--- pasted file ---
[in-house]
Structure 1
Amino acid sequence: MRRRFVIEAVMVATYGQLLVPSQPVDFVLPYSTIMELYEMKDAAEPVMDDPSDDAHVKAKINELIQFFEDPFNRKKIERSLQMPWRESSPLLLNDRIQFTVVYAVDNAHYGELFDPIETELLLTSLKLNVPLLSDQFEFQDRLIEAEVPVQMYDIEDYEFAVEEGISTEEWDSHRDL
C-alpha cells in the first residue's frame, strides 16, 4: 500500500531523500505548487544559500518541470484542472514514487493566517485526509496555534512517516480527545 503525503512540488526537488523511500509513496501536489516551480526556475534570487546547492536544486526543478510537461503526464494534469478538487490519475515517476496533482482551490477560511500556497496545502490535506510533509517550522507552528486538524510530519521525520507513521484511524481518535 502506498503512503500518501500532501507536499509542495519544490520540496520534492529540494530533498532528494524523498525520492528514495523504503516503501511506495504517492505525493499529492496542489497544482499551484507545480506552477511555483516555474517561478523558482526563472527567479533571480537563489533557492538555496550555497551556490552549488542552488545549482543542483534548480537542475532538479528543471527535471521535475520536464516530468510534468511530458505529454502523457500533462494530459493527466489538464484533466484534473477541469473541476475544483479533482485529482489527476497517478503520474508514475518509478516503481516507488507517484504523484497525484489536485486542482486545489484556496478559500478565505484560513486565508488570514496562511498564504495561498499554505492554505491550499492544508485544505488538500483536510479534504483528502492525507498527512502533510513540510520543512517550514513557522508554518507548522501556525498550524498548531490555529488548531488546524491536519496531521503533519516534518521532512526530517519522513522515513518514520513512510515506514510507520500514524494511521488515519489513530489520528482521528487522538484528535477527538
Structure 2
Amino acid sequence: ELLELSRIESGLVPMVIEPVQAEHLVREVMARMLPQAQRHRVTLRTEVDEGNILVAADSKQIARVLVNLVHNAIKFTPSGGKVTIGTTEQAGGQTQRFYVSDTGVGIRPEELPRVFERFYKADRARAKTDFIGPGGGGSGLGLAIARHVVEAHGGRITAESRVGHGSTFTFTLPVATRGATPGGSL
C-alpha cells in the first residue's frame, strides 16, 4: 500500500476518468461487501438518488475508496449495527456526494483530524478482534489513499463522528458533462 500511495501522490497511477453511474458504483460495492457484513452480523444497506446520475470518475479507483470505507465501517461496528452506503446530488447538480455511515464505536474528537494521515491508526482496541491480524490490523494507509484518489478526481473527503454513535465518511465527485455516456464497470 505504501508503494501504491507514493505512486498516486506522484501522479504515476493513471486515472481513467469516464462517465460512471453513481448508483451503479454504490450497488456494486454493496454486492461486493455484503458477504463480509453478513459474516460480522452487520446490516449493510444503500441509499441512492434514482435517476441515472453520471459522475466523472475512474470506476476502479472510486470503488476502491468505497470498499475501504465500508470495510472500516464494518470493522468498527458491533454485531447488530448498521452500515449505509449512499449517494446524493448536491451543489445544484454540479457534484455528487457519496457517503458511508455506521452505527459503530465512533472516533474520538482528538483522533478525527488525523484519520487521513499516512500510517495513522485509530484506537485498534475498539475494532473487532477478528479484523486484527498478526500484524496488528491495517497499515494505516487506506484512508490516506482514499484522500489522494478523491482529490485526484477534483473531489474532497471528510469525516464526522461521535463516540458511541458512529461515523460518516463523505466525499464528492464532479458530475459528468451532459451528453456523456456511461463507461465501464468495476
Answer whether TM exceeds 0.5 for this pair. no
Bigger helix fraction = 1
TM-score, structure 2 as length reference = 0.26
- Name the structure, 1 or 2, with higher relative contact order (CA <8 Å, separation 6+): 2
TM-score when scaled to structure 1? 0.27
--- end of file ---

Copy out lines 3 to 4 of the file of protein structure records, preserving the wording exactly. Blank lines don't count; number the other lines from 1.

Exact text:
Amino acid sequence: MRRRFVIEAVMVATYGQLLVPSQPVDFVLPYSTIMELYEMKDAAEPVMDDPSDDAHVKAKINELIQFFEDPFNRKKIERSLQMPWRESSPLLLNDRIQFTVVYAVDNAHYGELFDPIETELLLTSLKLNVPLLSDQFEFQDRLIEAEVPVQMYDIEDYEFAVEEGISTEEWDSHRDL
C-alpha cells in the first residue's frame, strides 16, 4: 500500500531523500505548487544559500518541470484542472514514487493566517485526509496555534512517516480527545 503525503512540488526537488523511500509513496501536489516551480526556475534570487546547492536544486526543478510537461503526464494534469478538487490519475515517476496533482482551490477560511500556497496545502490535506510533509517550522507552528486538524510530519521525520507513521484511524481518535 502506498503512503500518501500532501507536499509542495519544490520540496520534492529540494530533498532528494524523498525520492528514495523504503516503501511506495504517492505525493499529492496542489497544482499551484507545480506552477511555483516555474517561478523558482526563472527567479533571480537563489533557492538555496550555497551556490552549488542552488545549482543542483534548480537542475532538479528543471527535471521535475520536464516530468510534468511530458505529454502523457500533462494530459493527466489538464484533466484534473477541469473541476475544483479533482485529482489527476497517478503520474508514475518509478516503481516507488507517484504523484497525484489536485486542482486545489484556496478559500478565505484560513486565508488570514496562511498564504495561498499554505492554505491550499492544508485544505488538500483536510479534504483528502492525507498527512502533510513540510520543512517550514513557522508554518507548522501556525498550524498548531490555529488548531488546524491536519496531521503533519516534518521532512526530517519522513522515513518514520513512510515506514510507520500514524494511521488515519489513530489520528482521528487522538484528535477527538